True judgement requires love

If you want to know yourself better; if you want to face up to your faults and sharpen up your talents, then you need to ask the help of someone who knows you well. The great athletes of the world always want a trainer who really knows their full potential and realises how they can reach it. We can dismiss critics who do not really know us, because they’re usually ignorant and unfair, whereas criticism from someone who really knows and understands us, even loves us,  may be hard, but is much more likely to help us.

So we Christians believe that when we die and come face to face with God, this will be a time when we will both be accepted and loved but also a time when we will be judged. But we will be judged,  not by some fierce God beyond our understanding, but by Jesus, a man like us who loves us with an everlasting love, and who died on the cross to defeat death and sin and show us how much God loves us. So we say in our Creed, “He (Jesus) will come again in glory to judge the living and the dead and his kingdom will have no end.”

Of course, we cannot really understand what this judgement will be like, because such a process is outside time and space; but it is a central part of our faith that every human being, when they die, has to face up to how well they have used the life they had been given. This may well be a moment of fear, as our deepest failings are revealed, but for us Christians it is also a moment of intense joy, as our love for Jesus and more his love for us, purges away our failings, and draws us into the glory of God.

Our 1st Reading (Isaiah 63:16-17.64:1.3-8) evokes this mixture of fear and joy well. First the longing for God to act against evil “Oh that you would tear the heavens open and come down” –  well we all know that feeling as we see so much sadness and conflict in the world, don’t we? Then, “You were angry.. we were all like men unclean” – yes we all have failed God in one way or another. But then the beautiful idea that God will mould us and refashion us, “You are Our Father, we the clay, you the potter, we are all the work of your hand.”  When this is linked to the idea that God the potter will work in us through Jesus, our Saviour and Friend, then the Last Judgement, although it has its element of fear as the Day of Anger, has much more the element of hope, as we meet God, and at last find our failures thrown away, and all our attempts at goodness moulded and fashioned into something beautiful for God.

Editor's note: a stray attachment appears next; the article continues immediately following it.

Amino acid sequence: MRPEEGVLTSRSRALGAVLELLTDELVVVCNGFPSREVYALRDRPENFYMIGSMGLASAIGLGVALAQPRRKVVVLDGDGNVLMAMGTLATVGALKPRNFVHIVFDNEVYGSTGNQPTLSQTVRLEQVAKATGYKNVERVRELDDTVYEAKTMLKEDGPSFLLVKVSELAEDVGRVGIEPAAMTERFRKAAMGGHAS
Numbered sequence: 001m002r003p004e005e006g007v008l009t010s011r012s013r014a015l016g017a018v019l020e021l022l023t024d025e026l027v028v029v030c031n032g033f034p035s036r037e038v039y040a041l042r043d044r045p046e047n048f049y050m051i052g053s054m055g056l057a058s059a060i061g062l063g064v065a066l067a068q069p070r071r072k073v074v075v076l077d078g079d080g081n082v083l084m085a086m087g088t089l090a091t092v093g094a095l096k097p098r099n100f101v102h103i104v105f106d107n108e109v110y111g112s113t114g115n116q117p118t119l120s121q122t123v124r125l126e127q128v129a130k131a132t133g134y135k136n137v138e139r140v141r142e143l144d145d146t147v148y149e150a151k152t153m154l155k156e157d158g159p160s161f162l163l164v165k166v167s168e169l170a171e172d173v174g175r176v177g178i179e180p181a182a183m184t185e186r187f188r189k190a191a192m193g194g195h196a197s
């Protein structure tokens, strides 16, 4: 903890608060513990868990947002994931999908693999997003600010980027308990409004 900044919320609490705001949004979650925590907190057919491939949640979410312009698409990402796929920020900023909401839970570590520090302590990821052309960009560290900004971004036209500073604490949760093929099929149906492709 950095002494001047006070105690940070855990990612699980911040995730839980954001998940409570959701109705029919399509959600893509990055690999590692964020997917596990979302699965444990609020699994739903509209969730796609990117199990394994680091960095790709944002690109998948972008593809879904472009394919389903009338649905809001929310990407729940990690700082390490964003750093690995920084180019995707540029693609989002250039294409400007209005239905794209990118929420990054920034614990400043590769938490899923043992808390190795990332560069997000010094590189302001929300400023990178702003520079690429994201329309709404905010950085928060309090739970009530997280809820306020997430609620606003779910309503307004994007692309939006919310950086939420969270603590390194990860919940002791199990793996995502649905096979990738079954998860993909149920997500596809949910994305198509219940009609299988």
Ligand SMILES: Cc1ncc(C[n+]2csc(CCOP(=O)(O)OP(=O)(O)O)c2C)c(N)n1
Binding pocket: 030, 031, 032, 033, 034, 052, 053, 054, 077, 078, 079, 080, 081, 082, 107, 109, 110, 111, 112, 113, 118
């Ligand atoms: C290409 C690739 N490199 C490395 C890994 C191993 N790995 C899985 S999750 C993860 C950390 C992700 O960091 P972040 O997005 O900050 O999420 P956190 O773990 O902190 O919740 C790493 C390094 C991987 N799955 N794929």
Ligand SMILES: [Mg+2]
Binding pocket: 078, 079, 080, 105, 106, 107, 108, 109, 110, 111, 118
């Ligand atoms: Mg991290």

St Paul wrote two of his most famous letters to the Christians in Corinth because he both loved them and was also highly critical of them. It is because he really cares about them that he is so passionate. In our 2nd reading today (1 Cor 1:3-9) we have the beginning of his 1st letter to them. “I never stop thanking God for all the graces you have received.”, but, if we were to read, on we would see that he both praises them that they have so many spiritual gifts, but then criticises them in a passage about love that is one of the best known in the Bible.

 “If I speak in the tongues of men or of angels, but do not have love, I am only a resounding gong or a clanging cymbal. If I have the gift of prophecy and can fathom all mysteries and all knowledge, and if I have a faith that can move mountains, but do not have love, I am nothing. (1 Cor 13)

Yes, since we will be judged by one who loves us, then love must be the dominant motive in all that we do. But not slushy, sentimental love, but real hard sacrificial love shown to us most of all by Jesus on the cross. And this is why Jesus in the Gospel (Mark 13:33-37) encourages us to “Stay awake”. Meeting God is not something that we have to run into a corner and hide from. Meeting God may be tough, but it will also be an eternal moment of infinite love. This is true not only for our future final meeting with God – the Last Judgement – but also for our meeting with God now. I love the new English translation introducing the Our Father “At the Saviours’ command.. we dare to say”, which conveys the idea that praying to God is like taking part in an enormous dare. In one sense it is the most extraordinary cheek to think we can pray to God like this, and yet because of Jesus, we can take a deep breath and dare to do it!

How wonderful God is! Never forget it!

 

  

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